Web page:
The 5.45x39 round is very comparable to the 5.56 ballistically, although the recoil is somewhat less. However, the Russians initially had a problem with the 5.45 not yawing either. This was remedied by a change in bullet design to include a hollow cavity in the tip of the bullet that caused it to violently yaw upon striking a soft target. If you are shooting surplus 5.45, it likely will be very effective against a target notwithstanding being full metal jacket. The 7N6 surplus 5.45 will outperform M855 at ranges beyond 150 yards. (See "Graphic Results from live-fire 7N6 Surplus 5.45x39mm rounds – video included"). Unfortunately, 7N6 can no longer be imported because it uses a steel core. Nevertheless, in looking at this video (6 min.) of Red Army Standard 69 grain 5.45, the results in ballistic gelatin is still impressive.

                                                                                                              Twenty or thirty years ago, it would have been insane to use a Soviet bloc weapon such as the AKM or AK-74 as a survival/prepping weapon because of the lack of parts and ammunition. Today, 7.62x39 ammunition is readily available, and parts and accessories are common. 5.45x39 is harder to find (at least in my area), but there are sources of ammunition on line, and Hornady makes high quality ammunition for the more demanding shooter.

                                                                                                               For a long time, AK rifles (whether imported or built from parts kits) offered a distinct advantage over the AR in terms of price. That advantage has largely evaporated (although ammunition prices are still generally less). AKs now fall within the same general cost range as ARs, depending on quality and features. Nevertheless, I think that the AK is still a very viable option for the prepper/survivalist. That its basic design is still being used, even as new models roll out, and its adaptability, speaks highly of the weapon.

                                                                                                               To me, one of the biggest advantages to the AK rifle is that when you purchase one, you have a complete rifle. Sure, you can upgrade bits and pieces, but its all there. ARs seem increasingly to be sold without a full set of sights, or sights that are only suitable as backup sights. Many don't even come with sling swivels.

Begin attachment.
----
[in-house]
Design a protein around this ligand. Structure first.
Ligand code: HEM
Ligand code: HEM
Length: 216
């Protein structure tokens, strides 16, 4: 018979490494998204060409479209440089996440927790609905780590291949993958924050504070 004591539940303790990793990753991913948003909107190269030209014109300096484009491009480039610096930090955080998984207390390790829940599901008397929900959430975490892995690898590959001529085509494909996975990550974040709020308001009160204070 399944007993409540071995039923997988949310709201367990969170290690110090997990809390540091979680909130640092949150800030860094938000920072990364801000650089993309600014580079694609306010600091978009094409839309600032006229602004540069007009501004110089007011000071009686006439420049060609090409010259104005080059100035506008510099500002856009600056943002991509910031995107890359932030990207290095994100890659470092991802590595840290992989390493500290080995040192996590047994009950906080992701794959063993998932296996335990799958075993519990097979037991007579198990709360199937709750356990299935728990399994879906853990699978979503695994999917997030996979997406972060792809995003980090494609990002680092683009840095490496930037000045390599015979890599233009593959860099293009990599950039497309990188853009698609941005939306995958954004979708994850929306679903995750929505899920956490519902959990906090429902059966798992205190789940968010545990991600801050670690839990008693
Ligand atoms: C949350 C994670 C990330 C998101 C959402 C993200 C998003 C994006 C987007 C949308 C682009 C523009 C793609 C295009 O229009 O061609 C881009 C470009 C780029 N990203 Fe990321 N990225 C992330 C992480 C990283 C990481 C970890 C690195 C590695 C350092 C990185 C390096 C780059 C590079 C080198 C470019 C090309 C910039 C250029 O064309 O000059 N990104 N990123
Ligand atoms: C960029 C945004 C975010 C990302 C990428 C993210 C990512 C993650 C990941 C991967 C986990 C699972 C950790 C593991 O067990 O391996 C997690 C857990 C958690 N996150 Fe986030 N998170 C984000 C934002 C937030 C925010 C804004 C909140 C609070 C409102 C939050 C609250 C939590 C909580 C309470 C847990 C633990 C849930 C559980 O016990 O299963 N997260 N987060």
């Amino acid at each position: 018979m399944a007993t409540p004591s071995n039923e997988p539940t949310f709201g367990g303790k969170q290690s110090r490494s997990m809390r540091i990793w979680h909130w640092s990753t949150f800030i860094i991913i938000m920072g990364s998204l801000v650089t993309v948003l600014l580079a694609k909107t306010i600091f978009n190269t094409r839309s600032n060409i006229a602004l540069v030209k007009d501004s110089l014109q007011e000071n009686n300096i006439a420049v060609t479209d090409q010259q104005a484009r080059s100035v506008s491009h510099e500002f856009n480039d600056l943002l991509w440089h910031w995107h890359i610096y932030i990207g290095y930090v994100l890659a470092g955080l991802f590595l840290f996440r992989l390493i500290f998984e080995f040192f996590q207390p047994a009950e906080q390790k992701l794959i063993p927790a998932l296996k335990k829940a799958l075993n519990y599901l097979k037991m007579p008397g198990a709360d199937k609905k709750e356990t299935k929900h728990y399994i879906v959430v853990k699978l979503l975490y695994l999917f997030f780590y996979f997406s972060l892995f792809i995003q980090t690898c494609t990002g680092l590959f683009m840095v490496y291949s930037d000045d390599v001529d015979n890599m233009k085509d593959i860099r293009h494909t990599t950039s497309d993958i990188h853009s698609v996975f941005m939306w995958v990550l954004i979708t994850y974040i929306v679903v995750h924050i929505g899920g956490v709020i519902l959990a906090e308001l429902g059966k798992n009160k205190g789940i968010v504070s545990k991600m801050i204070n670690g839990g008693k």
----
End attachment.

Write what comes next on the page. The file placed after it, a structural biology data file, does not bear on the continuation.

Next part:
On the other hand, in this day of optical sights, the AK really suffers because it simply was never designed or intended to carry an optic. A significant improvement in the most recent AK models to appear in Russia is to replace the flimsy stamped steel dust cover over the receiver with something more substantial and solid and sporting a rail allowing optics to be mounted. That said, if all you are going to use is a red dot (especially some of the smaller, lighter weight units), changing out the gas tube/upper hand guard with one sporting a rail, and mounting the red dot forward on the weapon is an entirely acceptable solution. And if you want flashlights or vertical fore grips, etc., there are many hand guard systems available that sport rails or allow you to attach rails or accessories. I have the Magpul MOE system, and it is an inexpensive and easy solution allowing to mount accessories to the weapon--far better than some of the older options that clamped onto the barrel.

                                                                                                               Another thing about the AK is that it is not a rifleman's rifle. The barrel is not (and cannot be) free floated. You can shorten the barrel and gas system (with the help of a gun smith), but there are no heavy barrel options. You cannot mount different uppers in different calibers or configurations. What you see is what you get.

                                                                                                               As I noted above, the safety/selector lever is not as easily manipulated as on other weapons, and is noisy. It also is not amenable to being converted to an ambidextrous system, if that is important to you.

                                                                                                               In short, the stock AK system is a viable defensive weapon. While there are those that argue that it is obsolete compared to the AR, they are comparing it against a modern AR. It is no more obsolete than a 1960s or 1970s AR would be. And it is easily updated to carry modern optics and flashlights. It is a weapon intended and usable for CQB and ranges within 300 yards. But if you want something sporting a telescopic sight or a larger/heavier red-dot sight, it probably is not the rifle for you.